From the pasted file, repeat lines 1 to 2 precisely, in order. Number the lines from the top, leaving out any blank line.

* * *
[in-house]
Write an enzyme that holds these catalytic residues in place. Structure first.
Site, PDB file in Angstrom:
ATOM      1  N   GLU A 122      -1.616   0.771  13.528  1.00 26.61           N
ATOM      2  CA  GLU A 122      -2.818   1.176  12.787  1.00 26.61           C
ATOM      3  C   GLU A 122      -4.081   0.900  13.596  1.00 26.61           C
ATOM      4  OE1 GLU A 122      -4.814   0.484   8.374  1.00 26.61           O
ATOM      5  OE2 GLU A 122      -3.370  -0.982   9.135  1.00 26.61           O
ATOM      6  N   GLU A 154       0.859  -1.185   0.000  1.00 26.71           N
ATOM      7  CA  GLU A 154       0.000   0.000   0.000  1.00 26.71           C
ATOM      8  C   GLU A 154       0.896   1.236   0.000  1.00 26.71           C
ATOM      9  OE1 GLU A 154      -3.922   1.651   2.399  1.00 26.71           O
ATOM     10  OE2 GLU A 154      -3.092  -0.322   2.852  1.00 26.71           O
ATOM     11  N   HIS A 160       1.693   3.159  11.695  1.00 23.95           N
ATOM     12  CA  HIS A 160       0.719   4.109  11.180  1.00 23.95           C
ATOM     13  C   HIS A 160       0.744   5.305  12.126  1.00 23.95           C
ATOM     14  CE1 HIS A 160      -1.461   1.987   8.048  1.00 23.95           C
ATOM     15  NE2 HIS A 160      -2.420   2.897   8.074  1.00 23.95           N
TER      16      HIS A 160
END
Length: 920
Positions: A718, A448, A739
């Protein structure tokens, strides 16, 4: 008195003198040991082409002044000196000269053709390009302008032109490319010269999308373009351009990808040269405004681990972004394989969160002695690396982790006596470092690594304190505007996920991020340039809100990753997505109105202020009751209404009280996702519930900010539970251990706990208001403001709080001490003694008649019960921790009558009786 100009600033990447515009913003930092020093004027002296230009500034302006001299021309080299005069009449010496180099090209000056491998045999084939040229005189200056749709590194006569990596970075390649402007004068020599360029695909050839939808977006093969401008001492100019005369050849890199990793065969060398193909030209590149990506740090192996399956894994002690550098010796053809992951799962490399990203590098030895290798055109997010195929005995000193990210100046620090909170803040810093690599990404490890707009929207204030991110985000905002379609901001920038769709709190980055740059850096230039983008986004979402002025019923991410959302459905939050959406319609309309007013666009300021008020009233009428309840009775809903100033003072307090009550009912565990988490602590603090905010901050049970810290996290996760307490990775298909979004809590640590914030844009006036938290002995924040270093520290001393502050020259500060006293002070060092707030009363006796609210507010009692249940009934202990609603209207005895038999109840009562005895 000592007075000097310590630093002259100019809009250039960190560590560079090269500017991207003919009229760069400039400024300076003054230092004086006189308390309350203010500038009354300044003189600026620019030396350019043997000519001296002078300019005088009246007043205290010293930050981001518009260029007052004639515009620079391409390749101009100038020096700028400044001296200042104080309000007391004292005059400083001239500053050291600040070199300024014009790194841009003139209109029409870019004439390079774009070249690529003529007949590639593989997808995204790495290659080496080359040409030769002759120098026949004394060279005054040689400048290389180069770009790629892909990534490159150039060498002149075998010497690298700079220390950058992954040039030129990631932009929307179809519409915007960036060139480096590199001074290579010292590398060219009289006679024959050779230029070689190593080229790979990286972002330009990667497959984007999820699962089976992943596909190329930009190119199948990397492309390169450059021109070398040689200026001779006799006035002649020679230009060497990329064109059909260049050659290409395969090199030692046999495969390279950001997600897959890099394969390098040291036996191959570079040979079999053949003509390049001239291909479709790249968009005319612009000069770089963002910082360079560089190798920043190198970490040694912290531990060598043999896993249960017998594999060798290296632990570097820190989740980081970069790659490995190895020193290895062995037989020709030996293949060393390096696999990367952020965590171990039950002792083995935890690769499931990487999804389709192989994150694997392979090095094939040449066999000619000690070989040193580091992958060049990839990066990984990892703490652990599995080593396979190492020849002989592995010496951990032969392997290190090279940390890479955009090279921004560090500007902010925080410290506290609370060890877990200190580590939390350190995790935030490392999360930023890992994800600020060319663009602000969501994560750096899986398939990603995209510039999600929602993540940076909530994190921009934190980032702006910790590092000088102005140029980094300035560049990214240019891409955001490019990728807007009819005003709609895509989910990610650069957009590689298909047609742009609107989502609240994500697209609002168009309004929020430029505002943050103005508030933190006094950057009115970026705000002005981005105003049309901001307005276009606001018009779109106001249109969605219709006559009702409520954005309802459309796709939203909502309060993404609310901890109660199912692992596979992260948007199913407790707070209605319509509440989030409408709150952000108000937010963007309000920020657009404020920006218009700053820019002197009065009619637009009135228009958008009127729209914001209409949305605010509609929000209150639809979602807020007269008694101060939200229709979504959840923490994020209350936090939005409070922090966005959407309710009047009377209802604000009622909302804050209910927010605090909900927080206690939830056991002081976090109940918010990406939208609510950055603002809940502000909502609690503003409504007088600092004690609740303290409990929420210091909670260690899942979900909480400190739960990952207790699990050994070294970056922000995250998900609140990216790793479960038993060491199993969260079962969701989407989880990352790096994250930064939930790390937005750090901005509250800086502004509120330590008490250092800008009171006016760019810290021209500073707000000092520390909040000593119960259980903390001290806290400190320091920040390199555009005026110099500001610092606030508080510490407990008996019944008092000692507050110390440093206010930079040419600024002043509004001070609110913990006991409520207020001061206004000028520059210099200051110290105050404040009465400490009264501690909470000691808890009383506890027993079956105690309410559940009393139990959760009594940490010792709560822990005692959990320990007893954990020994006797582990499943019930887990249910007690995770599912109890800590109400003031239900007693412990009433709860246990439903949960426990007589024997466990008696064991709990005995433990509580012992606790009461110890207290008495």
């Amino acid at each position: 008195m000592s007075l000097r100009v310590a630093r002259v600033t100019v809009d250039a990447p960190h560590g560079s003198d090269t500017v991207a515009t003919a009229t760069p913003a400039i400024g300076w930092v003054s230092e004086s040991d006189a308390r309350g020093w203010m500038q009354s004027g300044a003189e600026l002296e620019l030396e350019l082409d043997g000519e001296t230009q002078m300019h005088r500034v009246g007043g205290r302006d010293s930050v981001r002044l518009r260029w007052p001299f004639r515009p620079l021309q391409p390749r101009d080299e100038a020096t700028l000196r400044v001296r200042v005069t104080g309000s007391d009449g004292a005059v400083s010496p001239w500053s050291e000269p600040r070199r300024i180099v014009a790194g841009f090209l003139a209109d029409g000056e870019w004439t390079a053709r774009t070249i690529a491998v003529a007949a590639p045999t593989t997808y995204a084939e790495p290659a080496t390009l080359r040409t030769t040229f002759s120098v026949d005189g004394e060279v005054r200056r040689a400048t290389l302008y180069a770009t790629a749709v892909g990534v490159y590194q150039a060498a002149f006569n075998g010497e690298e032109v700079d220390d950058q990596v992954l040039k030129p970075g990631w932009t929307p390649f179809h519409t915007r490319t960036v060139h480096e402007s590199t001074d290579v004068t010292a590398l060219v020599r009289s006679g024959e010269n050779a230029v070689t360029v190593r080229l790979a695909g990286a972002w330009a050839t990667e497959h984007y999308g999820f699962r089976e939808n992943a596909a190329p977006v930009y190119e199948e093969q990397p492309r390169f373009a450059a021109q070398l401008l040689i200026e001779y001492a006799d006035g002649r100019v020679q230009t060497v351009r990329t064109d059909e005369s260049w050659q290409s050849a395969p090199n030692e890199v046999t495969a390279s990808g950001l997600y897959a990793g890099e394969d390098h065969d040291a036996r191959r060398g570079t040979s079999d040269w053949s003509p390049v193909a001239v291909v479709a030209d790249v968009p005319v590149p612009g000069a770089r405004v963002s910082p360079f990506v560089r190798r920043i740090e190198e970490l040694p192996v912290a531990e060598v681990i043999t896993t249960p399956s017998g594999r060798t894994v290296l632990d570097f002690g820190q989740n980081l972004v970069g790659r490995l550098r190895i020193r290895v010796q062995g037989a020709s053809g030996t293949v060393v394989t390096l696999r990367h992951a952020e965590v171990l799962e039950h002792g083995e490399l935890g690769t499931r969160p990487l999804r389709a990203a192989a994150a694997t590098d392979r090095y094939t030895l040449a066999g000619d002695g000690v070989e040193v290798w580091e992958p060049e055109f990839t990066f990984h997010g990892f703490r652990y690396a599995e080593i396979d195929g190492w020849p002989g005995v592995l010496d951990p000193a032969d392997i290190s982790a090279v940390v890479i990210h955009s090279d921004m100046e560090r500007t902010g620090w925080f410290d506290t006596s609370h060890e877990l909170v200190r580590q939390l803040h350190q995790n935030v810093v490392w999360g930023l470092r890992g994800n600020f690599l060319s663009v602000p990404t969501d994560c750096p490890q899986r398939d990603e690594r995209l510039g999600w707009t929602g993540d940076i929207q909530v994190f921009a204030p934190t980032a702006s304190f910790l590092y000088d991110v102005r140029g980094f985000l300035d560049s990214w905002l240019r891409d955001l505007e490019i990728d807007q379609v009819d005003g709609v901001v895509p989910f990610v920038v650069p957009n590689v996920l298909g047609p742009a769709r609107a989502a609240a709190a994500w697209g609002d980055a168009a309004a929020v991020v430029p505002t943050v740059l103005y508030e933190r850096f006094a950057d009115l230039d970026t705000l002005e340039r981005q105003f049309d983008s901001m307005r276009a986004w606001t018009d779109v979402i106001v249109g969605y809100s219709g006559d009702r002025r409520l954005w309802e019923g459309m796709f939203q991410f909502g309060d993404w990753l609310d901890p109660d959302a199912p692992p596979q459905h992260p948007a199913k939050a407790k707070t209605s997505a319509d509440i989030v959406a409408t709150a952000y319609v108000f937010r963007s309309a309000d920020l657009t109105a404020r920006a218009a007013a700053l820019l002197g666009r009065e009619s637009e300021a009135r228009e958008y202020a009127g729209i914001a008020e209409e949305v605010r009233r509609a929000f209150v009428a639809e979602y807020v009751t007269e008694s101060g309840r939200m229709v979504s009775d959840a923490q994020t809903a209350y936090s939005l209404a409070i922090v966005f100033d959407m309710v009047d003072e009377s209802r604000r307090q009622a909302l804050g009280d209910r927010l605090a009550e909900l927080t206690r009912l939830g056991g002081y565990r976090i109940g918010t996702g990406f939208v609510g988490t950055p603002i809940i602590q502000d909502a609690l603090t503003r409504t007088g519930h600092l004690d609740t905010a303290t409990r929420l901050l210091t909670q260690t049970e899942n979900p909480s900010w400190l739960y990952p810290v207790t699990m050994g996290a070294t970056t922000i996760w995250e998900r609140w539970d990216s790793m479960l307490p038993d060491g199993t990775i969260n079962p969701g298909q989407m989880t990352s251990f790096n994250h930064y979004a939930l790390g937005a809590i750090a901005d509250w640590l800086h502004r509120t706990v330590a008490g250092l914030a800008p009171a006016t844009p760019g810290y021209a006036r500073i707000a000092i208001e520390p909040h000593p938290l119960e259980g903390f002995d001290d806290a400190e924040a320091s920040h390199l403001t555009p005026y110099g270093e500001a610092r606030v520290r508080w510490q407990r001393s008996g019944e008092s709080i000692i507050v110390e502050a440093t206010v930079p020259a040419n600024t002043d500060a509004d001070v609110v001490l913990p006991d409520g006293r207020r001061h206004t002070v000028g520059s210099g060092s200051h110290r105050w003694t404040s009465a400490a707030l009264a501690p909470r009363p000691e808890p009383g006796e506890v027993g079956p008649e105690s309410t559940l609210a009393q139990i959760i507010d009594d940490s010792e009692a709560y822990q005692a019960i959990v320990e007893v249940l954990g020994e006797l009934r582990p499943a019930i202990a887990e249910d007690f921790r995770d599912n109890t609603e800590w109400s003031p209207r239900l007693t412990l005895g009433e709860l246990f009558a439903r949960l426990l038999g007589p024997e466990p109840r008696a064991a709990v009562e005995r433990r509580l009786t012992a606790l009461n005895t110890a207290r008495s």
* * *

[in-house]
Write an enzyme that holds these catalytic residues in place. Structure first.